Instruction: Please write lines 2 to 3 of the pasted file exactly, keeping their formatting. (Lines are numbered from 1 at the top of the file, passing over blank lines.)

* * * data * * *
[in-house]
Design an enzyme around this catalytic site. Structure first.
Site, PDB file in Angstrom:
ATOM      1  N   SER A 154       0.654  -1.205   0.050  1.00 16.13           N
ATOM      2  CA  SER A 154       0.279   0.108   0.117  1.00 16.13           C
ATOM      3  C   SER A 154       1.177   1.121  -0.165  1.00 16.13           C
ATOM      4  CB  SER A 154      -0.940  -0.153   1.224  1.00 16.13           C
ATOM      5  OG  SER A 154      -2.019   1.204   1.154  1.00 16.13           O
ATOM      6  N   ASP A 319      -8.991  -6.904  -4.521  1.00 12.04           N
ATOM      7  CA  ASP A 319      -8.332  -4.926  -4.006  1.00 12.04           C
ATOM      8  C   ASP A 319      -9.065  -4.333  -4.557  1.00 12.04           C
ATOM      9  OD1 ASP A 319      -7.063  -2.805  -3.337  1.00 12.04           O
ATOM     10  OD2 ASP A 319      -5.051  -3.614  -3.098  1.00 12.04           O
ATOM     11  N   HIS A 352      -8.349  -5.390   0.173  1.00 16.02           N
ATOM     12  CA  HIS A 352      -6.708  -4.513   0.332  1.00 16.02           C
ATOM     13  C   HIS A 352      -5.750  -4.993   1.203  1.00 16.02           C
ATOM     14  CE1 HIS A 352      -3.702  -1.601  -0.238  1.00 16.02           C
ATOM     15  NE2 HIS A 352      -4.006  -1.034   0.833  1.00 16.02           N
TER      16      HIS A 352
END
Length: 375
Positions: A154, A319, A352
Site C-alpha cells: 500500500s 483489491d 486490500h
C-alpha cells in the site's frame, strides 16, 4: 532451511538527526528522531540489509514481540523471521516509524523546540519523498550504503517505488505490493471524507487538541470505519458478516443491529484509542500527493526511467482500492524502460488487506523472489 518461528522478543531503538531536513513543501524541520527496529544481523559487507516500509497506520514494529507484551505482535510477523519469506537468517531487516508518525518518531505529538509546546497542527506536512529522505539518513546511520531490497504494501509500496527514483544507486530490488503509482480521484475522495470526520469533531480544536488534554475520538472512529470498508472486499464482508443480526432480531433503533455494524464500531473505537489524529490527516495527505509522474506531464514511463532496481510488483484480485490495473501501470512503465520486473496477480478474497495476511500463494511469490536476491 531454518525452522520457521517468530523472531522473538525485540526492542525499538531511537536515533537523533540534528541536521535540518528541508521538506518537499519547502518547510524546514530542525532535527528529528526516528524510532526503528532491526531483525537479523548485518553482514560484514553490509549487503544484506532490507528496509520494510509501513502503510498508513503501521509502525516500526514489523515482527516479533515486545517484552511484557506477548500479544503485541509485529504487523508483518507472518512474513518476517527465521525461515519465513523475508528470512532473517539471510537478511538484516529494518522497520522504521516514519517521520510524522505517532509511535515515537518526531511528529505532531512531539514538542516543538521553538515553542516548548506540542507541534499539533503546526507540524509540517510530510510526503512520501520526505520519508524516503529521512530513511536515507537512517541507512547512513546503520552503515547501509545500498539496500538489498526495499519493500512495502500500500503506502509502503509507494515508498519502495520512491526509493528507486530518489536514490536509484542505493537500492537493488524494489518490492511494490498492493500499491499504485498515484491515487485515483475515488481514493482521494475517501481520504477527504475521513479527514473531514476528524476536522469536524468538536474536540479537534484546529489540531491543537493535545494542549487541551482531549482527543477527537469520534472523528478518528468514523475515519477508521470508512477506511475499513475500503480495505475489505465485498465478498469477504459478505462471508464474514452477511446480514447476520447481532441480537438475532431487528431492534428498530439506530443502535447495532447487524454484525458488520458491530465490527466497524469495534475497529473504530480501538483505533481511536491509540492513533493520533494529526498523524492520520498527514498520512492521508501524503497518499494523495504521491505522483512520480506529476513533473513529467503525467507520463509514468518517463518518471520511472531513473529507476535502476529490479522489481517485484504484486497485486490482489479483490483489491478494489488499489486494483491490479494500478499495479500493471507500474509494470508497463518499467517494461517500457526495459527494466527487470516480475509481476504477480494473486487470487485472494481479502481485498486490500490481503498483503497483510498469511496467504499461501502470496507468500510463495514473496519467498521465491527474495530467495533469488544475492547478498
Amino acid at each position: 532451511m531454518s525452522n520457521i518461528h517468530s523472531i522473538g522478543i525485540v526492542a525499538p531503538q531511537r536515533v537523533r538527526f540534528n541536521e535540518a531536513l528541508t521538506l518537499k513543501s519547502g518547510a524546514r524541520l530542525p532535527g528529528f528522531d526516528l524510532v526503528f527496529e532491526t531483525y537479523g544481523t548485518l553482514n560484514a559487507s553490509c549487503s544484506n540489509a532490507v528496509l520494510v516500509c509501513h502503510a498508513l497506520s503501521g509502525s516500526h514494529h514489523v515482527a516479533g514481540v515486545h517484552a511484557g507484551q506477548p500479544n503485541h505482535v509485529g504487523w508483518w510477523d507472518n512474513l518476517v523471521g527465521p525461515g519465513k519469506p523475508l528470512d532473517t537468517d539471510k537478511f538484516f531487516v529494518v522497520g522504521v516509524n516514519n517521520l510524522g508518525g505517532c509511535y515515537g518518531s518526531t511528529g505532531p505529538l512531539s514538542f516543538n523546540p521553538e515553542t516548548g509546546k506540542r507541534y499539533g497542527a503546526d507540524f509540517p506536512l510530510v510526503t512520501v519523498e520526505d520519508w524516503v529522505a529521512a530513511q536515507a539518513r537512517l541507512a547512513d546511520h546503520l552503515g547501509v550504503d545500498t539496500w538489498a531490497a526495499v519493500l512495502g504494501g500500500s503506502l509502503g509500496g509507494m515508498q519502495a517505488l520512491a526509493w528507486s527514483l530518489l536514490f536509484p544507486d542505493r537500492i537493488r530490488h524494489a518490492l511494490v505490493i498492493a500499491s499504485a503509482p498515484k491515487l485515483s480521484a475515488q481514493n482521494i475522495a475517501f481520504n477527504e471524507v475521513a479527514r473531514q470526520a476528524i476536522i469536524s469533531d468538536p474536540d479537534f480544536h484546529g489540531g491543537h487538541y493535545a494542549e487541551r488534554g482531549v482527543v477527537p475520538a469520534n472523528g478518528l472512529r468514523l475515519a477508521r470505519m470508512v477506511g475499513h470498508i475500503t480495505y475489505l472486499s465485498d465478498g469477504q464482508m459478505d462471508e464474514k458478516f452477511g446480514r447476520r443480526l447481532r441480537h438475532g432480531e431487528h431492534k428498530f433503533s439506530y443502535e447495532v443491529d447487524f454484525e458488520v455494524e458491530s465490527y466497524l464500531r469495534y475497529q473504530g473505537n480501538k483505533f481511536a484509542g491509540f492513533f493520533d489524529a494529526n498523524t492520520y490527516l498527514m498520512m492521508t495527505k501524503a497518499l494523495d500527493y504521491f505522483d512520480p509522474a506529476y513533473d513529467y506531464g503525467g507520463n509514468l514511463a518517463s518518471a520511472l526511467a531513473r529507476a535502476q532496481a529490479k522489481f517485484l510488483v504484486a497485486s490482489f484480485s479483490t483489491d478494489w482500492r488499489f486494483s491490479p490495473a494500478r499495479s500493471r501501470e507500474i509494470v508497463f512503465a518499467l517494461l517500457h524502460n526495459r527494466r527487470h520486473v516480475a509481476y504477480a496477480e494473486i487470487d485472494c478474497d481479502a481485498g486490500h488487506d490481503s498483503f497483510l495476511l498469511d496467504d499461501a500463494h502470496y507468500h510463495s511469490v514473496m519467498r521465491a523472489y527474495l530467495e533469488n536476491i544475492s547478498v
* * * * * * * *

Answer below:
Design an enzyme around this catalytic site. Structure first.
Site, PDB file in Angstrom: